A reader comments:
Here’s a recursive island story, probably not unique. When I was 13, I went to a Sea Scout camp on Manitoulin Island in Lake Huron, Ontario. We wilderness camped there for 2 weeks, and one day, we climbed a steep hill/mountain behind our camp, to find a lake, which was quite warm, and good for swimming. Darned if there wasn’t an island in that lake. I looked around for a body of water on the island, but no luck. Perhaps in a torrential downfall… Do you know of many examples of this?
Manitoulin has several nice double islands, relatively large for a lake island.
Their are several thousand such recursive islands in the world, concentrated in Canada, the British Isles, Scandinavia, and a few other places.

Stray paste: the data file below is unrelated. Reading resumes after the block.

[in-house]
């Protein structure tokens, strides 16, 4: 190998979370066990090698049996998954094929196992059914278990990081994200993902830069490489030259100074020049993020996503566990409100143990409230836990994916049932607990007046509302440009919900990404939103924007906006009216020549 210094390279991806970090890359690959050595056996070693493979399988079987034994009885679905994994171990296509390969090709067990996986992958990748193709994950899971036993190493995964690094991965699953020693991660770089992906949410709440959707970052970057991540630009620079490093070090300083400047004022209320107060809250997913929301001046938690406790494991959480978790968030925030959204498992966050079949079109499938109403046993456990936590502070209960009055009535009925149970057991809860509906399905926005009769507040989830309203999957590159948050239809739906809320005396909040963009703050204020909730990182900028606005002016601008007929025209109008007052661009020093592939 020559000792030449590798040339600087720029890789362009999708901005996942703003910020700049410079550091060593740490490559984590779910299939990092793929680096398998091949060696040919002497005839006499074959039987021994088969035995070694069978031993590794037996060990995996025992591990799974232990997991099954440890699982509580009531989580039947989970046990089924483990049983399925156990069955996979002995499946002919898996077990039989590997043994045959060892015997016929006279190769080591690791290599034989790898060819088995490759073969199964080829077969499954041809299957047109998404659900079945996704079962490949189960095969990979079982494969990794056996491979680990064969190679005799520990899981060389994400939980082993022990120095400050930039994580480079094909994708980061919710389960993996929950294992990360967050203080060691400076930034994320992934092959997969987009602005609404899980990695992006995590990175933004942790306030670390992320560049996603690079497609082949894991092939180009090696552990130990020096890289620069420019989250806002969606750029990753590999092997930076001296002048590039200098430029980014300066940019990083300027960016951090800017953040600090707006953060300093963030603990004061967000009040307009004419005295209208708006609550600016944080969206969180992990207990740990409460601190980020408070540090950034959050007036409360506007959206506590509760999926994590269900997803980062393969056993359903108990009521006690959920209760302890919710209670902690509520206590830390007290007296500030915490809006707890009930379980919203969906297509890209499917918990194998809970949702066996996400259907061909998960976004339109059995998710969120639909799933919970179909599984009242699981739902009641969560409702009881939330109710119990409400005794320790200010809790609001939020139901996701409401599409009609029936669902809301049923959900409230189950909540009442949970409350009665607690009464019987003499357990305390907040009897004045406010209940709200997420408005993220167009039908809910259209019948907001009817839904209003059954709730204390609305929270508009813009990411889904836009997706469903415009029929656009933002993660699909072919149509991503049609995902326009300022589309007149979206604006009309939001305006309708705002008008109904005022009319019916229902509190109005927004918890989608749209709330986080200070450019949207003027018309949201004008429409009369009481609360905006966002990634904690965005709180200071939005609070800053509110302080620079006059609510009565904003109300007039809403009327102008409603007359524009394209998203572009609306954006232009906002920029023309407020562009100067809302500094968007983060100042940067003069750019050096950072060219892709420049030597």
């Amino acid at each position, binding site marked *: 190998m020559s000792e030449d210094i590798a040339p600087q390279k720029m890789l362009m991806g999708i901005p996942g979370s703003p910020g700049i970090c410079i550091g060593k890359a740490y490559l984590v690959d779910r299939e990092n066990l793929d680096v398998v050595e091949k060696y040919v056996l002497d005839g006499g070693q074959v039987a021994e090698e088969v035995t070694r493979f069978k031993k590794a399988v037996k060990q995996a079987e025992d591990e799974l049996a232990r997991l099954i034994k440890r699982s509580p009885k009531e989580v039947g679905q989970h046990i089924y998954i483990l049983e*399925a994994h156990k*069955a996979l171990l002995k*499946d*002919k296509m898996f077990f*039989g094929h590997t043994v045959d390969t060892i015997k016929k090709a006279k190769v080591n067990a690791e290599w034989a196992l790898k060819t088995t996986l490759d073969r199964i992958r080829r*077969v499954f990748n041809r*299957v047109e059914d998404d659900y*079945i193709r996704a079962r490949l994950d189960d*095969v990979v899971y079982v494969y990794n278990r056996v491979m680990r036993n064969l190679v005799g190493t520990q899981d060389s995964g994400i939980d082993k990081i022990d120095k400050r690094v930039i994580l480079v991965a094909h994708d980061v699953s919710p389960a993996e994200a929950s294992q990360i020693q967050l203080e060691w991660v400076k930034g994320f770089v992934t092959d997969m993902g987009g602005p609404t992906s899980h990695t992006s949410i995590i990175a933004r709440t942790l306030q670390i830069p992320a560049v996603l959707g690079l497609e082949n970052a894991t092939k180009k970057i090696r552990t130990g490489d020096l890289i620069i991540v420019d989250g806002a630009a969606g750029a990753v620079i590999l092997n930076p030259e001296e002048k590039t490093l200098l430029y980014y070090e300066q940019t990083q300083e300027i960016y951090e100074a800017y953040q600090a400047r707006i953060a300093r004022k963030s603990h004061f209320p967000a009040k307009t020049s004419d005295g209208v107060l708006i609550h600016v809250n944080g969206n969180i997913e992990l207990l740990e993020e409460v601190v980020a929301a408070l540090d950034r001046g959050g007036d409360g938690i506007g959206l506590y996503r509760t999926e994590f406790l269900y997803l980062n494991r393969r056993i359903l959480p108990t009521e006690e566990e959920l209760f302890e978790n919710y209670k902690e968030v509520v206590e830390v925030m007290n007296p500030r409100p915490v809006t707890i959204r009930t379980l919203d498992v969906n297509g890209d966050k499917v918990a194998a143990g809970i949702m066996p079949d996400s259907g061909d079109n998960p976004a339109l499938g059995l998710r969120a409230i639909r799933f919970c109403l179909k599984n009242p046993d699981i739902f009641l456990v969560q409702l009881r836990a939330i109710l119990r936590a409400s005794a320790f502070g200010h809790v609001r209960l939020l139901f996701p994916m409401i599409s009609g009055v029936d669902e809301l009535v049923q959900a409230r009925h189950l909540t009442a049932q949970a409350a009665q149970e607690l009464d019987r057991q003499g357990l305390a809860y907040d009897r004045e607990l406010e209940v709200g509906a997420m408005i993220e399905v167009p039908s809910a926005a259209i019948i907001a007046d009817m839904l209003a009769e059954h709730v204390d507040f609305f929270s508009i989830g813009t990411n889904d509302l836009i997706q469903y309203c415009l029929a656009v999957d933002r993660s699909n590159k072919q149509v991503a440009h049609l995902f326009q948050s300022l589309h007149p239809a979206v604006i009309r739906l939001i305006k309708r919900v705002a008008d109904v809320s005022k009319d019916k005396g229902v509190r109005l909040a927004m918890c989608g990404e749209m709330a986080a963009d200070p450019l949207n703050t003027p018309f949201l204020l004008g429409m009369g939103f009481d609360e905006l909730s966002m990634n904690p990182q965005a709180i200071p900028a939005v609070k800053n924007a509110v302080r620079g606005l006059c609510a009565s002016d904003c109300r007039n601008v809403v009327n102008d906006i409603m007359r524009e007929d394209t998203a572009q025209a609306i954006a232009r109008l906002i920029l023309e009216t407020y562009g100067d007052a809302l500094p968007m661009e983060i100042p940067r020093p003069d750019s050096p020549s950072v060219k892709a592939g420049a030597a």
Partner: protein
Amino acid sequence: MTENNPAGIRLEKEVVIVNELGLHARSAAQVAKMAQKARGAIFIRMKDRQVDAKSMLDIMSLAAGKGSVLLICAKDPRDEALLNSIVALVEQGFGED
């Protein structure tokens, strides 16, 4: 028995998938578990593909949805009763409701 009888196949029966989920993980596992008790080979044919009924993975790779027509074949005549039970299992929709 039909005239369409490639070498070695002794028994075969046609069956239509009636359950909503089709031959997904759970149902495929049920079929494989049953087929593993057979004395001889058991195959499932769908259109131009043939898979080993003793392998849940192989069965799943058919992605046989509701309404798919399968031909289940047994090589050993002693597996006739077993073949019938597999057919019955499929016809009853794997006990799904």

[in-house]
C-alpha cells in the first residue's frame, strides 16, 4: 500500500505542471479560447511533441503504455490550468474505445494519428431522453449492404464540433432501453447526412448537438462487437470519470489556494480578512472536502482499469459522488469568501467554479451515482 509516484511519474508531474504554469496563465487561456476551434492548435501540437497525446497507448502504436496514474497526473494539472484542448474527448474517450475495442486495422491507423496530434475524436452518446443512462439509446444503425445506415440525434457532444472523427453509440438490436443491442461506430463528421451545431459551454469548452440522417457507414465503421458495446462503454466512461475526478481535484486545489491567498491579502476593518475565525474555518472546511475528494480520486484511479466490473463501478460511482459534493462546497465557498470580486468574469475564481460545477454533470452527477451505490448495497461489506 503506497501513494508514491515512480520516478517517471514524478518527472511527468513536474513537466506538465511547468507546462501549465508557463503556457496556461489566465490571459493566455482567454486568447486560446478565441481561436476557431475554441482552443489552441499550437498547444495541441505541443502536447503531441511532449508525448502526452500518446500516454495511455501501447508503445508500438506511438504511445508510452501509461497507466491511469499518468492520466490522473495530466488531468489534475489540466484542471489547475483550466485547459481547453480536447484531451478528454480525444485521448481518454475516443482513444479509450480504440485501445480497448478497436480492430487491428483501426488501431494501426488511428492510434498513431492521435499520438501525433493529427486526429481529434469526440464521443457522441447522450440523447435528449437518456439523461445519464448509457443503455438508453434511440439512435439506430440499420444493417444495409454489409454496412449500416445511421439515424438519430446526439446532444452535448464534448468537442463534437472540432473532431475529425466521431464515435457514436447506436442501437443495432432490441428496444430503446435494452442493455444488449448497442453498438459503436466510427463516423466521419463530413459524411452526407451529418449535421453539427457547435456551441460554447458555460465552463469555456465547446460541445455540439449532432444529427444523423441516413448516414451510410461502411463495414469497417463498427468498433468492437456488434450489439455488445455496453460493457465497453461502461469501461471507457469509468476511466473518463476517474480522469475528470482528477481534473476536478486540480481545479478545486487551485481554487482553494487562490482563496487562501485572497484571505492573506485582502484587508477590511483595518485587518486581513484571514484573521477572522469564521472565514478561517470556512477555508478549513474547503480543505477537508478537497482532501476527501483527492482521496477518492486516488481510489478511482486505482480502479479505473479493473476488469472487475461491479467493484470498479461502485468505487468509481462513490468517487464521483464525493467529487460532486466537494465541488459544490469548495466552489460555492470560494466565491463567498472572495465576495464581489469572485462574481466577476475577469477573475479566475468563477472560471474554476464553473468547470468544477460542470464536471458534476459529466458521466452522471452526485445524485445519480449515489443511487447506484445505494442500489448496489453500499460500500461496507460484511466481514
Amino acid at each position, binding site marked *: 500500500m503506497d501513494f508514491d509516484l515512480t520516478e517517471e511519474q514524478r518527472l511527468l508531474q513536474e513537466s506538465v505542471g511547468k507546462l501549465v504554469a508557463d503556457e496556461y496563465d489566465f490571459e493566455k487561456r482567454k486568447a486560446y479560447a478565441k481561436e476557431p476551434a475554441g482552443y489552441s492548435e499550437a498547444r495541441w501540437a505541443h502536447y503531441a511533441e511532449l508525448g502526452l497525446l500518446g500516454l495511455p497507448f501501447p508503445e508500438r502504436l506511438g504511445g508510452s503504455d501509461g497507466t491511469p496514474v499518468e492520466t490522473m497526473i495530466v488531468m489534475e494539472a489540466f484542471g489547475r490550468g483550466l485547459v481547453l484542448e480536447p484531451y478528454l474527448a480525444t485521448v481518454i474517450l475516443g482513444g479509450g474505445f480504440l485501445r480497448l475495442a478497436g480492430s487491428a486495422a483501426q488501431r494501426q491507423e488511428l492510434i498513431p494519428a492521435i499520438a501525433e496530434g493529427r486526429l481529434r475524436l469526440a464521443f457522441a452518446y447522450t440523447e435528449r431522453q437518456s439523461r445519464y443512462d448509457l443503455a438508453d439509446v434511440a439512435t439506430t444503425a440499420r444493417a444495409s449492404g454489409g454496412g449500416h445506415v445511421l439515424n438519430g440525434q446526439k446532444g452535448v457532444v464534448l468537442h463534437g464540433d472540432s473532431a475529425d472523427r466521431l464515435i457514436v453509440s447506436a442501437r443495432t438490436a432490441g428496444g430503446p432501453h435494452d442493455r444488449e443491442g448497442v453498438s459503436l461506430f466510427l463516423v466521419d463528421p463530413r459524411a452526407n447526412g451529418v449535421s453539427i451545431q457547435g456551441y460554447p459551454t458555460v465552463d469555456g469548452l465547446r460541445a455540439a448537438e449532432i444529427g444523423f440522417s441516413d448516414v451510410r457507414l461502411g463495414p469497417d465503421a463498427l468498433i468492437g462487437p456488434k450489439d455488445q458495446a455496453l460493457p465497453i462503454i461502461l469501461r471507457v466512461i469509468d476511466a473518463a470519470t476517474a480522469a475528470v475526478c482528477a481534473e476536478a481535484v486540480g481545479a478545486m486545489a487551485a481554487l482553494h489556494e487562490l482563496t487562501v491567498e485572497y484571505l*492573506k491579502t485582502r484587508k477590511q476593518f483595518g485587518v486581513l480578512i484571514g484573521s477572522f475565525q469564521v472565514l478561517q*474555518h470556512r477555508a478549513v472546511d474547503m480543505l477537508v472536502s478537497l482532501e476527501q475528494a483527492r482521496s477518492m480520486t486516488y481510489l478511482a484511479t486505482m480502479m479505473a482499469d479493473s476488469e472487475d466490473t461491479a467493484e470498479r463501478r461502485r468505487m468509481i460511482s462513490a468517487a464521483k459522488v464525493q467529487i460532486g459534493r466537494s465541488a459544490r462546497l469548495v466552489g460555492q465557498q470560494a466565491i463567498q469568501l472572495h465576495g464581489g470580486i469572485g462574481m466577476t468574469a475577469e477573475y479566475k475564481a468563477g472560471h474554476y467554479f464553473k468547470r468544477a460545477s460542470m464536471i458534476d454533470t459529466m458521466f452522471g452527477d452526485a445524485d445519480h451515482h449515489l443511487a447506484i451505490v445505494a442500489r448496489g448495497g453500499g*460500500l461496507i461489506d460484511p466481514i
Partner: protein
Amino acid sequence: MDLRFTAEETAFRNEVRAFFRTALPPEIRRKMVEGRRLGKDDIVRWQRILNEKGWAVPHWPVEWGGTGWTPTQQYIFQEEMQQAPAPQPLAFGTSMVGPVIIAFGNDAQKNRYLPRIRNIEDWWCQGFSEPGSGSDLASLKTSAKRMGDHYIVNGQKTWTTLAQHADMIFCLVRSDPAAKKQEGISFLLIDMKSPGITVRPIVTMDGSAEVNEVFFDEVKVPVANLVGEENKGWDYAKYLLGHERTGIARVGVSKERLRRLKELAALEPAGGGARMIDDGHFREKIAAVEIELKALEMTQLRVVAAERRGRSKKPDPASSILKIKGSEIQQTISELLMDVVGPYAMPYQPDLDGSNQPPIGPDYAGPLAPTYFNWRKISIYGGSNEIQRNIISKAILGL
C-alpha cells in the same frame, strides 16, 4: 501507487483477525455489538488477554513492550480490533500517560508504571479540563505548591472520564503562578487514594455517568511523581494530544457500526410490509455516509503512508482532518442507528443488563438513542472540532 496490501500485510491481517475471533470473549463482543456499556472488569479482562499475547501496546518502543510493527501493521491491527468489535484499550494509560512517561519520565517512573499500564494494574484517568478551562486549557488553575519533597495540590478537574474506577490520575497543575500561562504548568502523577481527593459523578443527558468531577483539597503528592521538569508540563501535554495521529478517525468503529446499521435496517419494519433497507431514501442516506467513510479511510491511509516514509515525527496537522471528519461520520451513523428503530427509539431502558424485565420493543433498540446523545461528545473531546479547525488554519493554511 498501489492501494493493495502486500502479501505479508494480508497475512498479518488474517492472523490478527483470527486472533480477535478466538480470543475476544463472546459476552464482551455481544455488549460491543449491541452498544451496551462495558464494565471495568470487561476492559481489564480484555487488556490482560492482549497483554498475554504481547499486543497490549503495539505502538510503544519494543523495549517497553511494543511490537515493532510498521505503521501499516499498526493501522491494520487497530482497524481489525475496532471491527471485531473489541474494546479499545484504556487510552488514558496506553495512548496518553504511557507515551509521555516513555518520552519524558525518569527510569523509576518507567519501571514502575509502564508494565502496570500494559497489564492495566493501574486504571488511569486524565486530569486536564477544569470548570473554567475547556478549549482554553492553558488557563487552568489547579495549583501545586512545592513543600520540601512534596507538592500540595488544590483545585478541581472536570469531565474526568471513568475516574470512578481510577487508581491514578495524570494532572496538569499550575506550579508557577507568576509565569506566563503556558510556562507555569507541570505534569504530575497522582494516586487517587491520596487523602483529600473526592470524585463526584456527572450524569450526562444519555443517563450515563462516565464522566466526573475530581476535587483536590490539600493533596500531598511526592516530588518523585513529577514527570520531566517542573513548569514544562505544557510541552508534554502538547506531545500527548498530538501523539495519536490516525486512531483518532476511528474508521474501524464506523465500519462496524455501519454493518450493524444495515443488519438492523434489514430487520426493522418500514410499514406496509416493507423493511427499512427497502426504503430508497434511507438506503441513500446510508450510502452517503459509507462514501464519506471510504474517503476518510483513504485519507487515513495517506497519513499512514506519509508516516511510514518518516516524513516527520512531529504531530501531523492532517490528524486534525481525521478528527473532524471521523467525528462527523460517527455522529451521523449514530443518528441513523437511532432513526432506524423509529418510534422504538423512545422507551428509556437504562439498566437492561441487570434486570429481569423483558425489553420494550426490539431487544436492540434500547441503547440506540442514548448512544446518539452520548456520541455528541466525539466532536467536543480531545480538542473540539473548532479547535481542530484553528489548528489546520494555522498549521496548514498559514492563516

The largest is Samosir, on Sumatra, followed by Glover Island, on Newfoundland.
Glover is one of the few places in the world where there are islands on an island on an island — triple islands. I once spent a week there, and camped on a small triple in the center of the island, alone except for the seagulls, and moose that came to feed at the edge of the lake. It is possible that I am the only person to have slept on a triple island, as they are all quite out of the way.